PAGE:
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I've been trying to find words to describe just why it's so exciting, and, despite writing daily, I find it a challenge. If you're not into any type of BDSM, I doubt you can understand the thrill, but I'll try.

You know how sometimes your mind drifts off during sex? (And please don't tell me it's never happened!) Even if the sex is good, sometimes your mind just goes somewhere else. Well, when someone is slapping your face or choking you, that doesn’t happen.

It's not only that it keeps me firmly rooted in the present, nor is it only psychological, though that's a big factor. It's physical; the minute he starts to get rough with me, I get wet, excited, ready. My body responds just as much, if not more so, as my mind. The same way kissing might pull the trigger for some women, choking does for me — or rather, getting choked by him.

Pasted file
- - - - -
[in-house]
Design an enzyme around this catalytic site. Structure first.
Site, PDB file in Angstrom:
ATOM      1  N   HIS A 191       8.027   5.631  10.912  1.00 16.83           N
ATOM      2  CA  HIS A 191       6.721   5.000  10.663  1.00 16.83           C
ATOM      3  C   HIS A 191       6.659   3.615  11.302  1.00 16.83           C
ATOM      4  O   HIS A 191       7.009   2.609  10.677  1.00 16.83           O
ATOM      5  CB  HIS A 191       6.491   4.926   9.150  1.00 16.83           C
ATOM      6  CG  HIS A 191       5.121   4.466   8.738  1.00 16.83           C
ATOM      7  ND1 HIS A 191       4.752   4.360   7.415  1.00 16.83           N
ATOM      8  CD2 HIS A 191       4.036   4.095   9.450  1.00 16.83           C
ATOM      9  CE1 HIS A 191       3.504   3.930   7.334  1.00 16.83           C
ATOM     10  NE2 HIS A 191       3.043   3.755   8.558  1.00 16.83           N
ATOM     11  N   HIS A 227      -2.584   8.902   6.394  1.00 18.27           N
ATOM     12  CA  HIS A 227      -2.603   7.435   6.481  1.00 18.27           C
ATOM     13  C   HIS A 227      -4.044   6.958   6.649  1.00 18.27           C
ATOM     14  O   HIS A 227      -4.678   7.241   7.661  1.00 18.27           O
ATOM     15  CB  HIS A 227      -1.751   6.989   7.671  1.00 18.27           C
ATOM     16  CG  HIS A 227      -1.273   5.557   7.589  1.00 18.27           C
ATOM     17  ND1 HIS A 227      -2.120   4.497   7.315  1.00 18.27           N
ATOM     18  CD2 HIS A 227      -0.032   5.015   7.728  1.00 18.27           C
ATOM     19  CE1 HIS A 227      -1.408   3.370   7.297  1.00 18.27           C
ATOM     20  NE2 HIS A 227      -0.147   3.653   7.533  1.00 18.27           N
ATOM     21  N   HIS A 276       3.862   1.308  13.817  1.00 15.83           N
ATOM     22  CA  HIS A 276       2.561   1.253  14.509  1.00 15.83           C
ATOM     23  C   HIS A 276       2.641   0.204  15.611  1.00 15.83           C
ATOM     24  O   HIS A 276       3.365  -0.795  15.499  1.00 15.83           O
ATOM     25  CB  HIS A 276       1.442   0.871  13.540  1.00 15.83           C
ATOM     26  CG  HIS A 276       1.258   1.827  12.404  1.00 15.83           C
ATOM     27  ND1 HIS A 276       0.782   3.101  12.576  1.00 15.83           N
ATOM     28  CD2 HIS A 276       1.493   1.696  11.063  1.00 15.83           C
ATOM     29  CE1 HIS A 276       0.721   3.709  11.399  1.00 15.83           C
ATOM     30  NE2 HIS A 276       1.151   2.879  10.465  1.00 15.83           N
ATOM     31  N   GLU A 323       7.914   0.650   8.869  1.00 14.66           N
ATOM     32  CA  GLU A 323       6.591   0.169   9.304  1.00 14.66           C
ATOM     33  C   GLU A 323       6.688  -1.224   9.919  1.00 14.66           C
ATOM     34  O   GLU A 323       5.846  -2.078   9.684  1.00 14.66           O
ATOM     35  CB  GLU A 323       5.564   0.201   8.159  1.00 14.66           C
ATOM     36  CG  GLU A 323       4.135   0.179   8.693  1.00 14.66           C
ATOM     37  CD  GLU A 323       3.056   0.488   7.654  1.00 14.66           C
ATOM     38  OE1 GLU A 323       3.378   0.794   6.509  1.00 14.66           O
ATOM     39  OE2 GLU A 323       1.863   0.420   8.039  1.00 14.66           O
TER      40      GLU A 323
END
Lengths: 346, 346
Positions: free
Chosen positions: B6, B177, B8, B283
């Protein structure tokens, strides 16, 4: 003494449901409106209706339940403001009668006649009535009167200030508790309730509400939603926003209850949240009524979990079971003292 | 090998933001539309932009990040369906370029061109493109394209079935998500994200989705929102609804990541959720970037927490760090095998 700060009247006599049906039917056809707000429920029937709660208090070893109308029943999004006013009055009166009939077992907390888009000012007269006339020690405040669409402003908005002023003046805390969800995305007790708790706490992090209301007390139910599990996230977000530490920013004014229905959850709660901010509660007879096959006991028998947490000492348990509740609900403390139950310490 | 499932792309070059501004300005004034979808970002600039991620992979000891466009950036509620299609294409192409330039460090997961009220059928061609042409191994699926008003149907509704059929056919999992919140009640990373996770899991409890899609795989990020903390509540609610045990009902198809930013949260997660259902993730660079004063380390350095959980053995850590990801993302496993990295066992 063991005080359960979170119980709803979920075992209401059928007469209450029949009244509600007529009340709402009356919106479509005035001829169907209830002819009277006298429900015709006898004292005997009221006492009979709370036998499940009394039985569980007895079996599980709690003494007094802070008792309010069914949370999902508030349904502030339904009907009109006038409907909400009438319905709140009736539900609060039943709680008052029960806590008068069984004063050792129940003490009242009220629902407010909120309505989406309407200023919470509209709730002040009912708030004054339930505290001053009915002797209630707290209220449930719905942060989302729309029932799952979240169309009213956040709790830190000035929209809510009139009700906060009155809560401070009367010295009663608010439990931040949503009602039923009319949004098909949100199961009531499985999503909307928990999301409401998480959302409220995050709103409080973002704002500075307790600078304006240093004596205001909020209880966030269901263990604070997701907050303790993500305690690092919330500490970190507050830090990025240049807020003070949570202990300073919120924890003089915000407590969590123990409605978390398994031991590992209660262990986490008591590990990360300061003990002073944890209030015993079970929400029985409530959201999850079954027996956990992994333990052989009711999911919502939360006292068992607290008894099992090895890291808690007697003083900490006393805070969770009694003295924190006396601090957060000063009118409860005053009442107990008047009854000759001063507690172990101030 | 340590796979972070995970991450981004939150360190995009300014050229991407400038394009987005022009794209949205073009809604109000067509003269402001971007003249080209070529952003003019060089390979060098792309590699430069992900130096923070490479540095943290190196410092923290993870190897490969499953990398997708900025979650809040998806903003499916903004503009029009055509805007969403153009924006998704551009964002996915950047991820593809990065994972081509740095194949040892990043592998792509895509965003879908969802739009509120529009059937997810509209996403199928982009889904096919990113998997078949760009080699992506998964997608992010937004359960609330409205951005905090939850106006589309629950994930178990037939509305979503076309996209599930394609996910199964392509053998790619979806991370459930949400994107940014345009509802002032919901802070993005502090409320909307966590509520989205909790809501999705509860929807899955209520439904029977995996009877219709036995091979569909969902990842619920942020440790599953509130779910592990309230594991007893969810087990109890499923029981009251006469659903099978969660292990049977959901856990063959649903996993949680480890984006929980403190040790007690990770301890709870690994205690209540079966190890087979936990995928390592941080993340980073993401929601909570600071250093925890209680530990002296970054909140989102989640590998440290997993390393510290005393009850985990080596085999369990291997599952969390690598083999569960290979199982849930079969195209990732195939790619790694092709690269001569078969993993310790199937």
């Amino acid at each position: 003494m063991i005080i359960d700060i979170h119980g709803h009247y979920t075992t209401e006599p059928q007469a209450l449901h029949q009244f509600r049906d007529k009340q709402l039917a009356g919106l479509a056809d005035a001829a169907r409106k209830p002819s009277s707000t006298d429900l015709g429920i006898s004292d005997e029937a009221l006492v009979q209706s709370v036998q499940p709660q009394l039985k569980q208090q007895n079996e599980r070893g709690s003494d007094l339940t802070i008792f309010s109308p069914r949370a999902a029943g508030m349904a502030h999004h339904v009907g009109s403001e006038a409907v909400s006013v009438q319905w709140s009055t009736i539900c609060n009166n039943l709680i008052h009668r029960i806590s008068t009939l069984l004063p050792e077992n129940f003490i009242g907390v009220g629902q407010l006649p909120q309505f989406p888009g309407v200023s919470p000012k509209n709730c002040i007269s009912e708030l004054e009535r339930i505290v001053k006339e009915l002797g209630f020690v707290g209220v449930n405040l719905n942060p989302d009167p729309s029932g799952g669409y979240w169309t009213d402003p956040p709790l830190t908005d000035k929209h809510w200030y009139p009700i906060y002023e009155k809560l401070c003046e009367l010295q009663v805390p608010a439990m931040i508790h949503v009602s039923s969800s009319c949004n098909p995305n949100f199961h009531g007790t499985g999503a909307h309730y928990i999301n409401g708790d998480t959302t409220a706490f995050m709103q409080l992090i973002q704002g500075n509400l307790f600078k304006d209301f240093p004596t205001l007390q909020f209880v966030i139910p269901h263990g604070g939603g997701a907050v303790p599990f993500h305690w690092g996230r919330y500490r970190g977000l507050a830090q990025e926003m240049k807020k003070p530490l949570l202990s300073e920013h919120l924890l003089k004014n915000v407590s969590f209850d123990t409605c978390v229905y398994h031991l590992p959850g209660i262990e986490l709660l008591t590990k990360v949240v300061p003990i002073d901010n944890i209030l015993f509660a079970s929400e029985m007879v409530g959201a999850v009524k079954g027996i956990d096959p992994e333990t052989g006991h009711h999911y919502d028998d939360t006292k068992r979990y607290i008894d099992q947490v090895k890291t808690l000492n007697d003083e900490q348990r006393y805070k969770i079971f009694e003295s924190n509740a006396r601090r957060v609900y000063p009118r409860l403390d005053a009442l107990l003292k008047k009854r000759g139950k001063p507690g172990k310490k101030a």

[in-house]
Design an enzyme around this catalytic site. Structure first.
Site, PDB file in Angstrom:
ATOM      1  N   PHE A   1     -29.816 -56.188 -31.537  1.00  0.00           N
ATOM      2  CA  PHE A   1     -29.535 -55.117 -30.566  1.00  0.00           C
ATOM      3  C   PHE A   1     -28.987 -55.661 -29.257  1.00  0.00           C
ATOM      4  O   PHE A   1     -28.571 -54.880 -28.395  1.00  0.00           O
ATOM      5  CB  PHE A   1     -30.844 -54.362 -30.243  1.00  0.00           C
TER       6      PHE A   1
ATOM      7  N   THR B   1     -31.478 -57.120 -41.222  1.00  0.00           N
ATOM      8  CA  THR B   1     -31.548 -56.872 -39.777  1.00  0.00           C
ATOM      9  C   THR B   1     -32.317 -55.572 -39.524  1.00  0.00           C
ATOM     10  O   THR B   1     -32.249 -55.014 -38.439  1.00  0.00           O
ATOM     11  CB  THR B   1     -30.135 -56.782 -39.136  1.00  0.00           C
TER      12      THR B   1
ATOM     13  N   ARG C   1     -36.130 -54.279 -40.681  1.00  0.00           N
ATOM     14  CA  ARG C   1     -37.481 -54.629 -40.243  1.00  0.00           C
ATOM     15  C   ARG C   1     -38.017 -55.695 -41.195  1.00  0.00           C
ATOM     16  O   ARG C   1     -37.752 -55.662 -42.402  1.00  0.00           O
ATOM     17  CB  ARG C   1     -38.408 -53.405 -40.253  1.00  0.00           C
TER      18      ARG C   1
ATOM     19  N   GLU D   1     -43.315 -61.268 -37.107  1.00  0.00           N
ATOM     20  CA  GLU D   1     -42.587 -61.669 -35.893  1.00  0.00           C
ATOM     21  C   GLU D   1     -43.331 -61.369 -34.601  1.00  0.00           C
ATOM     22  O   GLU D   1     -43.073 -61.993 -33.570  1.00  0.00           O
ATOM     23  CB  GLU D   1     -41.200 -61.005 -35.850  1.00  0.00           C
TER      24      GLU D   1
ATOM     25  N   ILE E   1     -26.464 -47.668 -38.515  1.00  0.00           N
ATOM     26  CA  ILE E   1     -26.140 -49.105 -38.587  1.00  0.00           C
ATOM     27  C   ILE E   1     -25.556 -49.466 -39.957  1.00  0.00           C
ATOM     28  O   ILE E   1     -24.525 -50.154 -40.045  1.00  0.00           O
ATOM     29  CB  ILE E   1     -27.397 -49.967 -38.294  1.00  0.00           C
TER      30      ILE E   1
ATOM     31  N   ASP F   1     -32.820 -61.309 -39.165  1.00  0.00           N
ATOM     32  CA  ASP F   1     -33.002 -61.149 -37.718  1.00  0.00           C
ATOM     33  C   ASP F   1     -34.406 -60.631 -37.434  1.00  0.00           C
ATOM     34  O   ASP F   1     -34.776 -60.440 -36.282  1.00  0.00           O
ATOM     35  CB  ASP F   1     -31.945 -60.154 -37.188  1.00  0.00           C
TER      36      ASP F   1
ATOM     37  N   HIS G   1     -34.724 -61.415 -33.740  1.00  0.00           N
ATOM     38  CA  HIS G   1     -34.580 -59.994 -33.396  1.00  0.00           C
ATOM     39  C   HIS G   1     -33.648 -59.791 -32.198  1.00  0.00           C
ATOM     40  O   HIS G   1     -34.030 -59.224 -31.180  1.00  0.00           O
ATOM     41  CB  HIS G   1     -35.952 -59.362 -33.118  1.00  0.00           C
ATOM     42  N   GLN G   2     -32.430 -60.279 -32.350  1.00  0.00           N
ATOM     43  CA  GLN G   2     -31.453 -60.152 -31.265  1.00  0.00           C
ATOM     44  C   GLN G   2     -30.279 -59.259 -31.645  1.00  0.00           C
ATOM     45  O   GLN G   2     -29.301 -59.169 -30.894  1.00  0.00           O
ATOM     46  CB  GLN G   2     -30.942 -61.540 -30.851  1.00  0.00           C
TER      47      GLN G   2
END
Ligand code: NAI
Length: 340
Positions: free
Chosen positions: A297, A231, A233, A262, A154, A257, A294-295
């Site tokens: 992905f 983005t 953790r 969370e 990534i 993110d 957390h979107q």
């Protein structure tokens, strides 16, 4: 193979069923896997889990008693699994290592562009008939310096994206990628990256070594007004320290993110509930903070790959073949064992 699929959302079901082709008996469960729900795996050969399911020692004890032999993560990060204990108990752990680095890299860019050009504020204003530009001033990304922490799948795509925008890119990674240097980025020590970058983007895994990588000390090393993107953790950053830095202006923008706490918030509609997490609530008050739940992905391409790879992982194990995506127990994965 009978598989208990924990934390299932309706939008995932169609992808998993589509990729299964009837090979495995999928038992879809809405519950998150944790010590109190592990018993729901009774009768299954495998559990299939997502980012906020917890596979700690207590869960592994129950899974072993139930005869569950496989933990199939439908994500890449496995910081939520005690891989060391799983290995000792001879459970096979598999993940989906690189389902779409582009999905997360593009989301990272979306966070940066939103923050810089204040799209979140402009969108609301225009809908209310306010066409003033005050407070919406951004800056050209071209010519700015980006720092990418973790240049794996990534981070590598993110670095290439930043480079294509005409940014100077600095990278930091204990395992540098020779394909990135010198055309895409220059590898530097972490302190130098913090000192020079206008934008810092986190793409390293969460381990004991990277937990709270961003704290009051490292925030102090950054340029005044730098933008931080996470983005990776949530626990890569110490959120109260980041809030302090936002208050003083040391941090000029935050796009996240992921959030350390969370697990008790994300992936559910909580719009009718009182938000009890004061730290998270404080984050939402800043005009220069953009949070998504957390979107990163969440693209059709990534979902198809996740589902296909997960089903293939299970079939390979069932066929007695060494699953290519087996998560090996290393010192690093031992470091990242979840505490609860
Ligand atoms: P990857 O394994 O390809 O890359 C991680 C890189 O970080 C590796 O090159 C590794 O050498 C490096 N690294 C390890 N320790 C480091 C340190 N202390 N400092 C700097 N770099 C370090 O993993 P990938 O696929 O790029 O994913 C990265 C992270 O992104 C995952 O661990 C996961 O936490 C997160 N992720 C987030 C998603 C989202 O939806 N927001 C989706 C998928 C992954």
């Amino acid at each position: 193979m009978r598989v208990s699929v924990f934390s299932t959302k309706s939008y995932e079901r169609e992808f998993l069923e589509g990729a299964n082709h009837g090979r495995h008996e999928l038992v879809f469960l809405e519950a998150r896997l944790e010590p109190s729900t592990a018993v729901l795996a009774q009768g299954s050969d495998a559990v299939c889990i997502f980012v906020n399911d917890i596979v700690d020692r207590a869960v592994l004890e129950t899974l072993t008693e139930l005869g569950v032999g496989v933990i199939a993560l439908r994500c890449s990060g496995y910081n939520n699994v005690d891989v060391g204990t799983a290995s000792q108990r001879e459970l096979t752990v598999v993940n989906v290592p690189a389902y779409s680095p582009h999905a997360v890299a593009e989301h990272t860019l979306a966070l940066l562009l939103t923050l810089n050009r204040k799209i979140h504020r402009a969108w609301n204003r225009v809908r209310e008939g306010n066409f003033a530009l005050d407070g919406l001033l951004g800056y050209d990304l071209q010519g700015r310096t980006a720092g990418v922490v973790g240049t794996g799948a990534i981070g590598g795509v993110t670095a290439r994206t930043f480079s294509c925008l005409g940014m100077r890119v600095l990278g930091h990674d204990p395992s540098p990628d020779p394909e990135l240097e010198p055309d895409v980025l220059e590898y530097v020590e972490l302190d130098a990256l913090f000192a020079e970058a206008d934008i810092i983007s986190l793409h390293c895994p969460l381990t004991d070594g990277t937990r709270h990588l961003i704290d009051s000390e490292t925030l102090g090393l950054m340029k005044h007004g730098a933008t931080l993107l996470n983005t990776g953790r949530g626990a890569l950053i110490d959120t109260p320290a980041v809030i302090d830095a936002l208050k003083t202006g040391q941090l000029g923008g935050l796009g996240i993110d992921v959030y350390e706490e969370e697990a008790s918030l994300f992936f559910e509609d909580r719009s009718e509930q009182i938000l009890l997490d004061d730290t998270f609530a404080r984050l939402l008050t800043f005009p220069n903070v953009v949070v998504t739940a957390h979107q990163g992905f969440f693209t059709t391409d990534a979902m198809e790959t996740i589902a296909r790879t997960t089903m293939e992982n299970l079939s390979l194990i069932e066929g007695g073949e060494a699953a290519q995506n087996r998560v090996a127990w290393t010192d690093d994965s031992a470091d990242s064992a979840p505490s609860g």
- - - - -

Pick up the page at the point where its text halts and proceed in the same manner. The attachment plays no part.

I know for sure that there are plenty of past lovers who'd have been booted out of bed for trying it with me; that just wasn't what we were about. But with this guy, it's all about adrenaline.

Is it scary? Not in the sense that I think I’m going to get hurt, but sometimes the depths of my reactions do unnerve me.

I also think there's a cultural sense in which women, especially feminists, aren't supposed to say they like rough sex like this, lest it be equated with violence against women, so let me be clear: I'm not condoning violence or non-consensual activity in any way. This is something that we both get off on.

The misconception that consensual BDSM is a precursor to violence, which has been addressed here before, disturbs me greatly. It's why I'm so glad that porn company Vivid just released Penny Flame's Guide to Rough Sex, with instructions on how to do it safely; knowing that other people are into choking makes me feel like it's more acceptable.

Maybe I shouldn't need that added validation, but I do. Because it’s one thing to tell your friends you're into spanking — people do that at birthday parties and in fraternity houses — and another to say you like to be choked during sex. Claiming that is probably scarier for me than actually doing it.